|Astbury Limeworks, Cheshire. The kilns of the Astbury Hydraulic Lime Company|
Limestone quarrying continues to be a major industry in several parts of Britain but the use of burned lime in agriculture to improve the fertility of land has been replaced by crushed limestone and the local limekiln has long since disappeared from use. By the end of the nineteenth century the industry had concentrated in a smaller number of large limeworks operating continuous kilns with a large output.
Although the use of small kilns is so distant in time there are still plenty of reminders of this industry to be found around the country. These range from lonely sites high in the hills of Northumberland to kilns on the beaches of mid-wales where coal to fire them was brought in by small ships.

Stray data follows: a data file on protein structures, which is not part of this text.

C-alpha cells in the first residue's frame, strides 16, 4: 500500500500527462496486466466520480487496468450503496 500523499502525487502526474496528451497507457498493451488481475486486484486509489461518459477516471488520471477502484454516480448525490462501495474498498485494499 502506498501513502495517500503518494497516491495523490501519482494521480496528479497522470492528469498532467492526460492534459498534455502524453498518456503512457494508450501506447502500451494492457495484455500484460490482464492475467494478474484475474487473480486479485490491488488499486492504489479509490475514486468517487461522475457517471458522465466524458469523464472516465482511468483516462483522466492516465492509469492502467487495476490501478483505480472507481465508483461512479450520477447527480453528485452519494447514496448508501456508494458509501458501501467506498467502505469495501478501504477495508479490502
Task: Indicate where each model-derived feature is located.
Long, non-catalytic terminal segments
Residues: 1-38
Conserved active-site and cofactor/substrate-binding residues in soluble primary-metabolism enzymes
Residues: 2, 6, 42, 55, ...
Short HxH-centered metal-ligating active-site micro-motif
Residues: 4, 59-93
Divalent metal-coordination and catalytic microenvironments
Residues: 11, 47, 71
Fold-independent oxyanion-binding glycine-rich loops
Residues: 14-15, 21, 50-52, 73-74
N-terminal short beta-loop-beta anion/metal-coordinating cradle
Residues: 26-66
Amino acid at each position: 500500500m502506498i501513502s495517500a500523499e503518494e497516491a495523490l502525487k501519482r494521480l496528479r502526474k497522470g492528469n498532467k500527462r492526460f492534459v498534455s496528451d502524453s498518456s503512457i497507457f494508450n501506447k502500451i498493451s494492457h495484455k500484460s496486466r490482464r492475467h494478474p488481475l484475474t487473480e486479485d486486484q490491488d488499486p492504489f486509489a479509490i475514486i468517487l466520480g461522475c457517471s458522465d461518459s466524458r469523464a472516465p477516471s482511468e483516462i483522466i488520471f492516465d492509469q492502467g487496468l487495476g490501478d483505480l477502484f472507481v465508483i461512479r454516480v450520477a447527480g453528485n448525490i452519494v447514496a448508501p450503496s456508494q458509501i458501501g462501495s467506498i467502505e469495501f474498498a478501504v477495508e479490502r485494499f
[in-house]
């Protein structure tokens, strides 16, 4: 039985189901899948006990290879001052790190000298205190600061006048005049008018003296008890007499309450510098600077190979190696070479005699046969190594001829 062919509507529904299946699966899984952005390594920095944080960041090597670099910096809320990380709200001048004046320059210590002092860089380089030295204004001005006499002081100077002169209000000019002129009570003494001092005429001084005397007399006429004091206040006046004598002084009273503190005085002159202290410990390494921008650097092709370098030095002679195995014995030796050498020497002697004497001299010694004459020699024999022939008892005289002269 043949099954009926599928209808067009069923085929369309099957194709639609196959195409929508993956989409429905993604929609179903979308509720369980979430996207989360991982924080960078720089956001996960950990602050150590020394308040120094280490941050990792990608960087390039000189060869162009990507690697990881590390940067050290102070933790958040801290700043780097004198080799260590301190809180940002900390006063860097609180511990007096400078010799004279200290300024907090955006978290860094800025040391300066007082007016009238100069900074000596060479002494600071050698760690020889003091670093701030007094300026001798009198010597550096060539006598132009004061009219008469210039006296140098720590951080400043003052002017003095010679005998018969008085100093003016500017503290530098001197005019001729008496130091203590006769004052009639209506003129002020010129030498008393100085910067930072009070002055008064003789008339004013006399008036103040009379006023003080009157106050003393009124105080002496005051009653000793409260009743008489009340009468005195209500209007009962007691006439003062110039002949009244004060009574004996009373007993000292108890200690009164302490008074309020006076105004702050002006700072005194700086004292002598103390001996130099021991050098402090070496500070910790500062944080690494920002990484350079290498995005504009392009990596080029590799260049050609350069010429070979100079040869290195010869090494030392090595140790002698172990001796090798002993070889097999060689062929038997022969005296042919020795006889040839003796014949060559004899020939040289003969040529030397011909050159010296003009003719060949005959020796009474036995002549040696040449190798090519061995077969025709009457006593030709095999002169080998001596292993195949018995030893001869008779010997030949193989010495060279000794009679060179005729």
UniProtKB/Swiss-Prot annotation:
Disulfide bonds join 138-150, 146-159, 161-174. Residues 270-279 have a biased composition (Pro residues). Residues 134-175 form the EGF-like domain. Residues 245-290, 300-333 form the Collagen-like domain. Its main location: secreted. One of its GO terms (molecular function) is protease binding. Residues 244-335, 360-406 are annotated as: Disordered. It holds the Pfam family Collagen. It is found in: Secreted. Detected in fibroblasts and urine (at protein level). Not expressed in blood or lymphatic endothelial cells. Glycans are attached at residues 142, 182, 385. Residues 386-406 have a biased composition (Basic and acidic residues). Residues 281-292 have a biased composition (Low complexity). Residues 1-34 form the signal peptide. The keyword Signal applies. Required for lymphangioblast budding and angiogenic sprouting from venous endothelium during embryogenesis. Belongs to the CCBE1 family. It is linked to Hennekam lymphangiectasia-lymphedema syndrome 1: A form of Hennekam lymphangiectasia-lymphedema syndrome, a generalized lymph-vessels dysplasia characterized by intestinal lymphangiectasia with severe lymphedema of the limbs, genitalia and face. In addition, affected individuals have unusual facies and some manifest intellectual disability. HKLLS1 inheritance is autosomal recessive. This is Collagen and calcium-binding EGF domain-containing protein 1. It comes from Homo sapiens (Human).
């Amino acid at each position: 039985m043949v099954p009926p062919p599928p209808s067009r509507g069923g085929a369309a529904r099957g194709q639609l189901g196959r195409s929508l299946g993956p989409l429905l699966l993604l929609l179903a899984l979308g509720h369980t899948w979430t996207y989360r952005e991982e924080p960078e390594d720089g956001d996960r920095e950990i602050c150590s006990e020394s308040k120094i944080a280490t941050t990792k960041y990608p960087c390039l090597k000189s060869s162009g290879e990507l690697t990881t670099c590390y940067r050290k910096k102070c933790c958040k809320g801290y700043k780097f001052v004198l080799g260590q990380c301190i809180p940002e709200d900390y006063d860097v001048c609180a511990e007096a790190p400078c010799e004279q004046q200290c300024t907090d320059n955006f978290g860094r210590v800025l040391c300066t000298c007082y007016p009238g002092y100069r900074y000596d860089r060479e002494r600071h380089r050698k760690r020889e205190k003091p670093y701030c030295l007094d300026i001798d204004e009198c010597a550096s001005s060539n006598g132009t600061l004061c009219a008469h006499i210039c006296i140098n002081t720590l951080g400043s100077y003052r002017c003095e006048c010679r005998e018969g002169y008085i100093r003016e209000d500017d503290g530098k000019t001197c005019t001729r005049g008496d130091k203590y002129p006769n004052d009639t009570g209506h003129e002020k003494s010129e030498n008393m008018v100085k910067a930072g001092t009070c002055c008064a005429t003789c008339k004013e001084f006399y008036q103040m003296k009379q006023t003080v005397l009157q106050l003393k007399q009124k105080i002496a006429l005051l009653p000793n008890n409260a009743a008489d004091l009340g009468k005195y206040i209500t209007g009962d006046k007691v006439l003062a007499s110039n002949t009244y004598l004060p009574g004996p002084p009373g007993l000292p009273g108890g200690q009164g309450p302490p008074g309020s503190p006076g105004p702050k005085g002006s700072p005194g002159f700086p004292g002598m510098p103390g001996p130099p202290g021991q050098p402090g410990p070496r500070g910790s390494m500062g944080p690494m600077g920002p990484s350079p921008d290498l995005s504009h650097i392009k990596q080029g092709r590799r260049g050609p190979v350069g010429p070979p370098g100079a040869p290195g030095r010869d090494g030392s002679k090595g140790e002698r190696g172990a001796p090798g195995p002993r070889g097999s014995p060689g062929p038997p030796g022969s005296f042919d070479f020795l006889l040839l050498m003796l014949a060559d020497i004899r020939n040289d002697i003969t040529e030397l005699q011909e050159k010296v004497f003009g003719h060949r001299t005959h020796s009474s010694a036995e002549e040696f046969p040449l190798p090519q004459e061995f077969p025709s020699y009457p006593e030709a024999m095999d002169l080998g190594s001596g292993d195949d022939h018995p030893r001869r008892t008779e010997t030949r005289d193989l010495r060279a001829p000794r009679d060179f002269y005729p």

These relics are rapidly disappearing due to the ravages of time and the changes in farming practices,and sometimes re-use of the stone from which they are built. It is well worth recording what is left before it is too late. What is here today may well be gone tomorrow. The pages on ths site illustrate just a small selection of what can be found by a careful study of maps.
If you wish to look for yourself please do not trespass. Most of the sites featured here may be viewed from public roads and footpaths but where they are not please obtain the landowner's permission before venturing onto private land. I have always found that permission is readily granted once the reason for a visit is explained. Don't forget that old industrial structures will have had little, if any maintenance, for many years and are probably in a delapidated and dangerous condition. Treat them with great care and don't get too close.
These links will take you to pages containing images of limekilns in various parts of Britain.
|Isle Of Man||Isle Of Wight|
© David Kitching 2020
Pages last updated 2.1.2020